“Did you do it?”
“Yes,” I replied, “120 times as I recall from youth trips over the years.”
At an earlier time I took a literalist view of the doctrine itself, assuming, I suppose, that Joseph’s inspired grand plan took into account every human being who had ever existed. It made sense. Each would need an opportunity to hear and do as those of us who became mortal after The Restoration are born and exposed to such opportunities mortally.
I frequently pondered the how and with what tools that such a colossal task could be accomplished.
Now, as a recovering literalist, I have a different perception of Baptism for the Dead. What might it mean to Mormons living today who actively seek to redeem their ancestors in every respect, baptism followed by temple endowment and sealing?
I see it as good … very good … and useful even in the literal sense with which so many enthusiastically have testimonies of temple work pertaining to eternity.
I believe it is good because, like Maximus in Gladiator, who carried in a little pouch images of his parents, there is in a wider aspect our ancestry, there is identity, linkage and a familial bond that is a blend of blood, emotion and spirit. This when the specific activity of temple work and baptism for the dead is directly connected to the ancestors of the member doing the actual work.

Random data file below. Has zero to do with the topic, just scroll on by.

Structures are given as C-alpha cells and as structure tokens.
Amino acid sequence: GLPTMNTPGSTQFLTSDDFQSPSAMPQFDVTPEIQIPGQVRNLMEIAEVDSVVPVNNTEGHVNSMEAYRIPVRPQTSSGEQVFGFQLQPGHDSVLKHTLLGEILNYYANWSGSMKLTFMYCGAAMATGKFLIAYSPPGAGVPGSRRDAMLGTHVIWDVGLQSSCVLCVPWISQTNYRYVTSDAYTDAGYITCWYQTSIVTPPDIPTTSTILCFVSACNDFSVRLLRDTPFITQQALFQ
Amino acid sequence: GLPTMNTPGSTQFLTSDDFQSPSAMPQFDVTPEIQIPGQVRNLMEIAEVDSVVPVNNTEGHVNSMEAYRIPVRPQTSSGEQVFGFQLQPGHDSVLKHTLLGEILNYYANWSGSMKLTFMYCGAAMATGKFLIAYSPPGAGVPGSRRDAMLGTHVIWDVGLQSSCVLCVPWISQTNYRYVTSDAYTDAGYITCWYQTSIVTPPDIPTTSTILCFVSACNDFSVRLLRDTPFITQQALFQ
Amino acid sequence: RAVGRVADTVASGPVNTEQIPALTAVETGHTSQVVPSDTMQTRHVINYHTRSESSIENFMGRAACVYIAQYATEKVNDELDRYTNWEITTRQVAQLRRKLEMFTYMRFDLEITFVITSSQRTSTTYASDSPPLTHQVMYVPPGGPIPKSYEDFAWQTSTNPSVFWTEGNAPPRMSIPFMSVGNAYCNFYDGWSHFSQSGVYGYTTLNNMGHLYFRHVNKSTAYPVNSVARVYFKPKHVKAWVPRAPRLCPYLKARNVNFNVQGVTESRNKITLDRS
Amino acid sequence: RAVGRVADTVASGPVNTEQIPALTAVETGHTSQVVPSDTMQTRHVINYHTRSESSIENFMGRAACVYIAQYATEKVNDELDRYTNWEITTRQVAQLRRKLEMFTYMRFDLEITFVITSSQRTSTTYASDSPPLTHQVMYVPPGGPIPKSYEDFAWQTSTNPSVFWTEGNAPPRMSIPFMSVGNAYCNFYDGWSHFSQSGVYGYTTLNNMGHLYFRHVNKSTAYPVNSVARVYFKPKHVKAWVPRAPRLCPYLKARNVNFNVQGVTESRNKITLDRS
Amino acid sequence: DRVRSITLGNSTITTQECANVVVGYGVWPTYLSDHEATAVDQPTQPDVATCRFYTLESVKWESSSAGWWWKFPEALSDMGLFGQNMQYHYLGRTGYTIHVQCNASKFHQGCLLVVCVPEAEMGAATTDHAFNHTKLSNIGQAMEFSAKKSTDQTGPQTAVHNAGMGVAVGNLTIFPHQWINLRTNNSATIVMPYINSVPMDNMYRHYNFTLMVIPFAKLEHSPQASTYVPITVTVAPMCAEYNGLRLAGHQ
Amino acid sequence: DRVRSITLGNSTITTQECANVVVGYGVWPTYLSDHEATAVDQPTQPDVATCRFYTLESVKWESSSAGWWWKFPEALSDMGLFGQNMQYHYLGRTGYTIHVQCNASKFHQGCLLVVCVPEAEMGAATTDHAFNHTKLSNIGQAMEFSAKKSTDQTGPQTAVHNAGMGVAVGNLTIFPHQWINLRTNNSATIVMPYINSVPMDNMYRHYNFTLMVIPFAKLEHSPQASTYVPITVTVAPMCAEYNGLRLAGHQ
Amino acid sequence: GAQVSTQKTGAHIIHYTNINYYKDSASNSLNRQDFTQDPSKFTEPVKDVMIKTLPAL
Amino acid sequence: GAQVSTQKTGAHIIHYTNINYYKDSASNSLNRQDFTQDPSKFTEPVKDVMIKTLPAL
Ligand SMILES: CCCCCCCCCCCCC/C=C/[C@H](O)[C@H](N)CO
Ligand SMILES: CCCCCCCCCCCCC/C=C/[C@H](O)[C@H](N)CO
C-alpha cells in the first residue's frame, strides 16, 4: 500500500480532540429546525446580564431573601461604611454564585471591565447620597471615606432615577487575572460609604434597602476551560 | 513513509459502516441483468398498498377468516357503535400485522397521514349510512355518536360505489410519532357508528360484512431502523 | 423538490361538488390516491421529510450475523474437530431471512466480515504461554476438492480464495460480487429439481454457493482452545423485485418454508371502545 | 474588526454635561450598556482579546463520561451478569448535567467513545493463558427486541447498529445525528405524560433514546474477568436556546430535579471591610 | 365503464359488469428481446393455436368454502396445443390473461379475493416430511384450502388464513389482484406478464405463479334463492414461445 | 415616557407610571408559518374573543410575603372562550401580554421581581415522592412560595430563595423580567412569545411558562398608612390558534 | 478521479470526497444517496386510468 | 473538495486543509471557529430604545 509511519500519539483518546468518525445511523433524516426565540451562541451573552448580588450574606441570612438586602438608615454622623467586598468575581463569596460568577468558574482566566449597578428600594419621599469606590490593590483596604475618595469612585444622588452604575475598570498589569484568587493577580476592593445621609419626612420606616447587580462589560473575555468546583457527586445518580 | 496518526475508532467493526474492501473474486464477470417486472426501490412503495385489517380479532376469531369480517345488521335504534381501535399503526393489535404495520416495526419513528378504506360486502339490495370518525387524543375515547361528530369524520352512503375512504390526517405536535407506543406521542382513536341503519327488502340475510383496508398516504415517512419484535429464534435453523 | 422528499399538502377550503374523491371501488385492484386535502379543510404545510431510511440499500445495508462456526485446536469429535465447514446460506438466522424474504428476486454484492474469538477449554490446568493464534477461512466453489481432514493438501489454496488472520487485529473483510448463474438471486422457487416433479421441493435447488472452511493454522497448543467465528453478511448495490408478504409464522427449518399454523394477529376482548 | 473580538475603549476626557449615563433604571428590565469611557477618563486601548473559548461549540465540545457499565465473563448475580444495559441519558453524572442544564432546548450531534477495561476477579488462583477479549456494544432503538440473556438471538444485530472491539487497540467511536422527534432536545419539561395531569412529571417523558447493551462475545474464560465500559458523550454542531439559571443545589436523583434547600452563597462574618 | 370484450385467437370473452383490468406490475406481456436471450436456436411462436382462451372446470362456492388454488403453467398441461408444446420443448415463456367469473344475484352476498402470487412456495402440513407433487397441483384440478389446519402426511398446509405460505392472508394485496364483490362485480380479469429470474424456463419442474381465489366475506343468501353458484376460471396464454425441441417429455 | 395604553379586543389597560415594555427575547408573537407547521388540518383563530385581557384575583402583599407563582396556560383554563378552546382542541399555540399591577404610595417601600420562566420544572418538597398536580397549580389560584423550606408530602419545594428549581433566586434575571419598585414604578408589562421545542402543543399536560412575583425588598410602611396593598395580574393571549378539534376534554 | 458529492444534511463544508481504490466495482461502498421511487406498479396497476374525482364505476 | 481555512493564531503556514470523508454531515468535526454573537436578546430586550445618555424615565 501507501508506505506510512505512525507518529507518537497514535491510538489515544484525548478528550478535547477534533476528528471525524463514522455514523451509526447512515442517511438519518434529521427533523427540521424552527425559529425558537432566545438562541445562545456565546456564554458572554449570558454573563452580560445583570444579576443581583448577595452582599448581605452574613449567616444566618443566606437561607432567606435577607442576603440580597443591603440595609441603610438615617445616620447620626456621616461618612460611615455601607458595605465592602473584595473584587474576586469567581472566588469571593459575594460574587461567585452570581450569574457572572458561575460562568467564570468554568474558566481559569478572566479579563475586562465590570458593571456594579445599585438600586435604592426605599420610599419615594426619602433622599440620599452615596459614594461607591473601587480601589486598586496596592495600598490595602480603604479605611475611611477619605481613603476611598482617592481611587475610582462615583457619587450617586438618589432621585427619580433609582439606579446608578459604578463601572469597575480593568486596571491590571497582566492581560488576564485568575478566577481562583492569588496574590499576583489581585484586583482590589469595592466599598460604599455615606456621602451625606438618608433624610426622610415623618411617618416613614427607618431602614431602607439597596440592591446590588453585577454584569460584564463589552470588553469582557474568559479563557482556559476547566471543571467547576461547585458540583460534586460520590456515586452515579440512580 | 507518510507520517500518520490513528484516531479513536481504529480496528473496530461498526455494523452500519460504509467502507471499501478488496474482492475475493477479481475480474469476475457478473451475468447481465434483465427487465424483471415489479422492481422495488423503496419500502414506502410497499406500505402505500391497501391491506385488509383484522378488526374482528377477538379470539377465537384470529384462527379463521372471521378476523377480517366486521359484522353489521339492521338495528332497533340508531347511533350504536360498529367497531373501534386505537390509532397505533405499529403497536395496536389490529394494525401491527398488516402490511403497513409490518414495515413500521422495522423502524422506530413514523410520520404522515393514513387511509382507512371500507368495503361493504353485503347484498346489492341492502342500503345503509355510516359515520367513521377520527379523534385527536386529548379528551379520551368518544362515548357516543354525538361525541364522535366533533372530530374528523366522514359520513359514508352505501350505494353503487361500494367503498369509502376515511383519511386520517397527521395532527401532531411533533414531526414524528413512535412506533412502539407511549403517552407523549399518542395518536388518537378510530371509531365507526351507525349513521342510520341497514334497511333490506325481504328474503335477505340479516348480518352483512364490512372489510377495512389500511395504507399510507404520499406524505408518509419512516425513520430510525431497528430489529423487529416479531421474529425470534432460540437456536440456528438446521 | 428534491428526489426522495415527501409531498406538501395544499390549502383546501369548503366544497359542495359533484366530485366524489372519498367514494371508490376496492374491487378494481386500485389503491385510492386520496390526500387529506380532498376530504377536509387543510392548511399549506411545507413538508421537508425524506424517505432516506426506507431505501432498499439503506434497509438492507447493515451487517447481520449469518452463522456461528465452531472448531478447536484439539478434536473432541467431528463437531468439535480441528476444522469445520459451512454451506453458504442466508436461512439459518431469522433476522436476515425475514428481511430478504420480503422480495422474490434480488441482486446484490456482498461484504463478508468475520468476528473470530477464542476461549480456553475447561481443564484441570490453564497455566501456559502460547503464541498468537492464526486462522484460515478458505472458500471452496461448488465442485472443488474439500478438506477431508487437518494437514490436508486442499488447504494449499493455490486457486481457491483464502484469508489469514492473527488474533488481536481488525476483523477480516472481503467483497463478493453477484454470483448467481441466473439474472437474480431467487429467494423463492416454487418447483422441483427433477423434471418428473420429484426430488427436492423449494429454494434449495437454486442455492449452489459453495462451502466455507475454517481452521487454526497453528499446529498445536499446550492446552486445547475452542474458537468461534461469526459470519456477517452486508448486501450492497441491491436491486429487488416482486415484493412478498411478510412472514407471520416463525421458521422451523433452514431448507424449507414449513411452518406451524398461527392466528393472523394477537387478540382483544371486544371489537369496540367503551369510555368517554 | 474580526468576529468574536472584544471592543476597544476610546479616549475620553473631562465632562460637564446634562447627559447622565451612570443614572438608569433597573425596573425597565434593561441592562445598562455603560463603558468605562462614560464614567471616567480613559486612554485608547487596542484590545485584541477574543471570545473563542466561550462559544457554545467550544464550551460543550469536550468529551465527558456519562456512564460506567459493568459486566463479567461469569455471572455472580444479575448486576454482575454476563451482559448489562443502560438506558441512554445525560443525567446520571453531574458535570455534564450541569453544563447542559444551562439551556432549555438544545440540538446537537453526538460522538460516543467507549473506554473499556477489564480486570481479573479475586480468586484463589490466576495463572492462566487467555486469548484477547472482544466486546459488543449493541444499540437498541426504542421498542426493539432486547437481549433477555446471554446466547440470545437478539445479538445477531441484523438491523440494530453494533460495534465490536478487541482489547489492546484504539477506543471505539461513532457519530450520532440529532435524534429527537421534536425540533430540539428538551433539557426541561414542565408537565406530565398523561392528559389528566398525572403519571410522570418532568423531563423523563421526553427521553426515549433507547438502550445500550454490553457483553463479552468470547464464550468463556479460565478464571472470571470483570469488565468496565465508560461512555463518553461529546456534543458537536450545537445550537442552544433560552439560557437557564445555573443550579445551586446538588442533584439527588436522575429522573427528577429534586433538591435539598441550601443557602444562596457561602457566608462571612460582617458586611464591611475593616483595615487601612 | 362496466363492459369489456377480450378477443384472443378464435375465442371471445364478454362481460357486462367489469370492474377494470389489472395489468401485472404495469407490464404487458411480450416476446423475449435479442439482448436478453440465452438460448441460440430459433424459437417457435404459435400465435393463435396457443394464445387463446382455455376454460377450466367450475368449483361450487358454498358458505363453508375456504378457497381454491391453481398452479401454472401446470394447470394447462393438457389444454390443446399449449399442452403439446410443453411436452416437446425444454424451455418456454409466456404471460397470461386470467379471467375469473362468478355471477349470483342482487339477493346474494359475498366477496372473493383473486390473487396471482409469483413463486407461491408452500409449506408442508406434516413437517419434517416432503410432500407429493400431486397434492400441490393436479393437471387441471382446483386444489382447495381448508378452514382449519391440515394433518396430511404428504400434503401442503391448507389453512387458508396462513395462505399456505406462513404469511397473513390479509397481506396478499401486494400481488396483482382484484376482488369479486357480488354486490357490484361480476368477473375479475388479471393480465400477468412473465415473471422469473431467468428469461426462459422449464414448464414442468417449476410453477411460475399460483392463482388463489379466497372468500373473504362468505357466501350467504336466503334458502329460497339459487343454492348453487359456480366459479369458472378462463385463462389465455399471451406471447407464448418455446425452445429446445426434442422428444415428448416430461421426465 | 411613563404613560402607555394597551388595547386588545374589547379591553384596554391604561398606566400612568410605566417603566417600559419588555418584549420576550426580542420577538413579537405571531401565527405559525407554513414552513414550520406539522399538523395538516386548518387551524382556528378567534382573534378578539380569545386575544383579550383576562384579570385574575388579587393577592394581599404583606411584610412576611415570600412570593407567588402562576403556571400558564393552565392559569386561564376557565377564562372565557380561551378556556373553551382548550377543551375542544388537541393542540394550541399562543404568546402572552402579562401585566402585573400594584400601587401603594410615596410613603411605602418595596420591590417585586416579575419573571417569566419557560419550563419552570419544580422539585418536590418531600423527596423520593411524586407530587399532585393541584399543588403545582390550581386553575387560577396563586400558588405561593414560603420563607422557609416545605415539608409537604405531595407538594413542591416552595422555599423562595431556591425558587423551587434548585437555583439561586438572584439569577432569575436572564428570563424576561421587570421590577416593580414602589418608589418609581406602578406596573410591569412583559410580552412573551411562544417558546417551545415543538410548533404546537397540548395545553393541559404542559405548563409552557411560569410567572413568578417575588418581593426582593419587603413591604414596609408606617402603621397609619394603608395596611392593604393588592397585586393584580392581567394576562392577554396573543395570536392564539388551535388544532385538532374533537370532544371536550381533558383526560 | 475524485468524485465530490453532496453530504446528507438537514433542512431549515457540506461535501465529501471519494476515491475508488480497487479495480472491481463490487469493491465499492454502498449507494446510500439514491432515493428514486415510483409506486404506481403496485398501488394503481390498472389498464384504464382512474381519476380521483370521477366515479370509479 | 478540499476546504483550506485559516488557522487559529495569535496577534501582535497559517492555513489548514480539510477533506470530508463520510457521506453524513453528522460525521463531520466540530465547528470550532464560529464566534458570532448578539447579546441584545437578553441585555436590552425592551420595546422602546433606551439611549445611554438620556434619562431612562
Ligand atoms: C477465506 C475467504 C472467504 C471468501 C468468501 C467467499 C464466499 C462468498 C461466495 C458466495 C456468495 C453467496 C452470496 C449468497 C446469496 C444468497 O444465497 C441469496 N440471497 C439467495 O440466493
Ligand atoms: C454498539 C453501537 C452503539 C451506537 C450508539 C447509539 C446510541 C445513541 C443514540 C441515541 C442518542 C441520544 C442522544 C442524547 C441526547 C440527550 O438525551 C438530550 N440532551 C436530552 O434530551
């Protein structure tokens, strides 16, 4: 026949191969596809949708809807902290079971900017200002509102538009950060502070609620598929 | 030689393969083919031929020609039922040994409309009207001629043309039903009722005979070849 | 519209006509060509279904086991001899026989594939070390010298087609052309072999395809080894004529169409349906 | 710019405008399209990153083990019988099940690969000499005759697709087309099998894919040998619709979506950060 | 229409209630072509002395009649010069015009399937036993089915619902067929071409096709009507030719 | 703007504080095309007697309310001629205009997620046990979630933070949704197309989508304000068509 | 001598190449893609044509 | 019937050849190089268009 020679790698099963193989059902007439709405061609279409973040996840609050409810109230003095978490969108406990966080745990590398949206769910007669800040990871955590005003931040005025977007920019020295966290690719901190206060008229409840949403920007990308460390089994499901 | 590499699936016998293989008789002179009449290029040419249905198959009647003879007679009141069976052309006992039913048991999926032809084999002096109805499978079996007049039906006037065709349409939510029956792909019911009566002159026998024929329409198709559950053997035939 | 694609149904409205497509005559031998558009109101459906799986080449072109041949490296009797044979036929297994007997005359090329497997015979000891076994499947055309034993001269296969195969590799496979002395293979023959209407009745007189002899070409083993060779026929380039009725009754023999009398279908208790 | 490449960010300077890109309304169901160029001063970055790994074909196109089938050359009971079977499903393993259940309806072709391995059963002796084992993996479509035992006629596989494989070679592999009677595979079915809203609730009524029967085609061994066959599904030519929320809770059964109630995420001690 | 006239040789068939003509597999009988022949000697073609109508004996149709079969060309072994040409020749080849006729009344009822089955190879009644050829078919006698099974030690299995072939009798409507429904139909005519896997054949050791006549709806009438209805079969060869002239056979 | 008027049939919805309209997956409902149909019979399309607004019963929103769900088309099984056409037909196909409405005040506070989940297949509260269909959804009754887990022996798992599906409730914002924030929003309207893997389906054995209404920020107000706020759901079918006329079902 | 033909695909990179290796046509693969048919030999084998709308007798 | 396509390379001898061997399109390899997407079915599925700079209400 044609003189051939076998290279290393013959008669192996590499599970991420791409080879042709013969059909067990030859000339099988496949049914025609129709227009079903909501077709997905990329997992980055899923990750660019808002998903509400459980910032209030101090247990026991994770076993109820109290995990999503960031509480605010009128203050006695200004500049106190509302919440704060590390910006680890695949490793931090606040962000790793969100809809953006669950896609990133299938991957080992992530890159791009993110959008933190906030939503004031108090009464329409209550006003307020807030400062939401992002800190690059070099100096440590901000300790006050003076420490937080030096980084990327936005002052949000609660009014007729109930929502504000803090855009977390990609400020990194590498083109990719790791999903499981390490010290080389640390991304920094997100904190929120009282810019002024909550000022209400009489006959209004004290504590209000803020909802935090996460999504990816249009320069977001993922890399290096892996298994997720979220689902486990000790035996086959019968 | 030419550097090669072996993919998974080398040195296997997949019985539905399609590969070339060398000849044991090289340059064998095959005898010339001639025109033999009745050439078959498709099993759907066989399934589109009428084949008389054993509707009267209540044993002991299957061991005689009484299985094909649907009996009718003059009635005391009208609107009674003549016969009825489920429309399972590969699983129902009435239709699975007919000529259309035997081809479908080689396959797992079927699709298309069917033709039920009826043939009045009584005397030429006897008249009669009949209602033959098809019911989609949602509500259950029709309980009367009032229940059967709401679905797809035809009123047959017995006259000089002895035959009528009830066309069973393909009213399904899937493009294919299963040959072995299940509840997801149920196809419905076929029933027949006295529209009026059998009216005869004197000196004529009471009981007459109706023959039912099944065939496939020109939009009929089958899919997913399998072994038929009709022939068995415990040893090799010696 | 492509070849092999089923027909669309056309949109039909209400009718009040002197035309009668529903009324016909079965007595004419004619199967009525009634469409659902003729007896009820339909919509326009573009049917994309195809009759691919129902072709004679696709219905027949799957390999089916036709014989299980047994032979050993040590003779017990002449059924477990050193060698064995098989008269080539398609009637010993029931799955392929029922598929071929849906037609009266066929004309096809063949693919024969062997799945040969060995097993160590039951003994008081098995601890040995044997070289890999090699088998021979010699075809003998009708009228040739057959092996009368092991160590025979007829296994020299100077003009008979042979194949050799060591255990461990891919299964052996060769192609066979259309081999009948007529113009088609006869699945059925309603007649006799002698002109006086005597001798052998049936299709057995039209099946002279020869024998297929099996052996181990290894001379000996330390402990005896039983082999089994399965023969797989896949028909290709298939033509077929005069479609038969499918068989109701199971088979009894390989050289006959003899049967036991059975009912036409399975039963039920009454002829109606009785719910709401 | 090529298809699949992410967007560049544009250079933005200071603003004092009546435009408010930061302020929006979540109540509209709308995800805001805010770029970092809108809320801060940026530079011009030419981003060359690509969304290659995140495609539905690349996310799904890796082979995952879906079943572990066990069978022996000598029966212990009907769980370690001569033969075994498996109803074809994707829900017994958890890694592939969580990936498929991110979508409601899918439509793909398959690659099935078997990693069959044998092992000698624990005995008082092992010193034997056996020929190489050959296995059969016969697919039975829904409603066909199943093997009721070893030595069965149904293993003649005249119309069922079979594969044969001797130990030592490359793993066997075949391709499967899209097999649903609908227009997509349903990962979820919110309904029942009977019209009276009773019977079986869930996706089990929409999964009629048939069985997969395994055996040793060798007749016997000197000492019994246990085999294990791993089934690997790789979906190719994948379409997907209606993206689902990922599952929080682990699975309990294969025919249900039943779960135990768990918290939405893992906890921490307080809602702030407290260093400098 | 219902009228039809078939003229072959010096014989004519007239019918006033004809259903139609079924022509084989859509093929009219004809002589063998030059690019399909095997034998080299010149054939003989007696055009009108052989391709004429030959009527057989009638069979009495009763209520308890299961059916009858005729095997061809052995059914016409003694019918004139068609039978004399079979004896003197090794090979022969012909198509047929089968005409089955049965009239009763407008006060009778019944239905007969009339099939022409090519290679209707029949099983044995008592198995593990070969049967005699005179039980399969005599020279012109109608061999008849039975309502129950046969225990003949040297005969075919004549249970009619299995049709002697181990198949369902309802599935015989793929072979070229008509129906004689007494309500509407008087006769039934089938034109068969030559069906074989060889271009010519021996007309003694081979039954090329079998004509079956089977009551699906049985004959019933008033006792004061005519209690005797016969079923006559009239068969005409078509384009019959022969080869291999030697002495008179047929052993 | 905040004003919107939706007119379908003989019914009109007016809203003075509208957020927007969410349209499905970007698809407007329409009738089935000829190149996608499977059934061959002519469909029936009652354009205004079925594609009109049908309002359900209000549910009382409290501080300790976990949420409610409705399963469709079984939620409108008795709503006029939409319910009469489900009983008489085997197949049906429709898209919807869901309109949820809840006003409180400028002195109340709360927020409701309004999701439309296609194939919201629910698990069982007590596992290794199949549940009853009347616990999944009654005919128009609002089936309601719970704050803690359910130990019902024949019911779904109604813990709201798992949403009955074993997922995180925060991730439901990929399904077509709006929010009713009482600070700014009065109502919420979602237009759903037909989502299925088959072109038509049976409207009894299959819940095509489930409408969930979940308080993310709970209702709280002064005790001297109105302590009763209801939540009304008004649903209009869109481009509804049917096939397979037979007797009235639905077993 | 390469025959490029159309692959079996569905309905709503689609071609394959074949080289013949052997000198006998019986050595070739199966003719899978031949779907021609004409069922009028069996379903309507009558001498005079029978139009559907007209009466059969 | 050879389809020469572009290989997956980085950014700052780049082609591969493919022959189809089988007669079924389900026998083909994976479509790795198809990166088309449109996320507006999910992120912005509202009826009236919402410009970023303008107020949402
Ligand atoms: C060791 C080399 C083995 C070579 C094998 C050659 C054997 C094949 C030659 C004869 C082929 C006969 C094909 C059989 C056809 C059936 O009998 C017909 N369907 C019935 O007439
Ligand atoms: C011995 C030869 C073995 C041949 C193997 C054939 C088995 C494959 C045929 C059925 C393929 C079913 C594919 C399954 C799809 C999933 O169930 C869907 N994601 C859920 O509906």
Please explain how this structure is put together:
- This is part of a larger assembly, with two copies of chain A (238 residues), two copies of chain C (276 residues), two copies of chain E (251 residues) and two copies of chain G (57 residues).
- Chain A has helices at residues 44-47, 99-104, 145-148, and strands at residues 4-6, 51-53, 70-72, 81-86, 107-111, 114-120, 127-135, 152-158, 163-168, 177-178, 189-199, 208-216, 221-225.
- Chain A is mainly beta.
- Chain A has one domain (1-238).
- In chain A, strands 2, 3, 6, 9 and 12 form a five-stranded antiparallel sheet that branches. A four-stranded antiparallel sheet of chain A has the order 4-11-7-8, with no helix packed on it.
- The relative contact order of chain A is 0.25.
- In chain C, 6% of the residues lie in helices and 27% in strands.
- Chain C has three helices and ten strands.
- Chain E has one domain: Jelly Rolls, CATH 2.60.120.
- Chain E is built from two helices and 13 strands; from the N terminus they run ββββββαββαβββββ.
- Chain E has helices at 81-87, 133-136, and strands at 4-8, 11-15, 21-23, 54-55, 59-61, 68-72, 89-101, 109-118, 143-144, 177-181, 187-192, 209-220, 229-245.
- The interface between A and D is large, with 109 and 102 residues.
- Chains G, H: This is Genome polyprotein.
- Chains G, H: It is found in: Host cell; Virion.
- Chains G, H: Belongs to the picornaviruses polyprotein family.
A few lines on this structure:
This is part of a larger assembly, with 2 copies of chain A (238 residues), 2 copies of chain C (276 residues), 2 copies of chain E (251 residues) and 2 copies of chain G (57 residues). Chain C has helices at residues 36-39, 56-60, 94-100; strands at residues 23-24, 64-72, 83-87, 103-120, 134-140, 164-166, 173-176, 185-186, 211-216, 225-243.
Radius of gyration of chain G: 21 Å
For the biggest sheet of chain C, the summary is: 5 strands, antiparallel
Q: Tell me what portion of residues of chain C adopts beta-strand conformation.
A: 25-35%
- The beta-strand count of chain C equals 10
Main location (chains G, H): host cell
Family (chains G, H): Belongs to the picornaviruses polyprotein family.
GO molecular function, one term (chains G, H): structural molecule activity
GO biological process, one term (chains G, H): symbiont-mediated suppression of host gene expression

It’s perhaps beyond the gratifying identity of being Mormon by culture. It dwells in the power of bloodline, of knowing whose blood flows through your veins and how you belong to a family line that is part of the tapestry of all of humanity’s blended family lines.
In that regard, it doesn’t matter how many names the believing society encounters and how many baptisms are performed. What matters seems to be what it does to connect those alive today with those who dwell in the past but whose memories are alive today.
That in my opinion is the true blessing of identity.
It is belonging.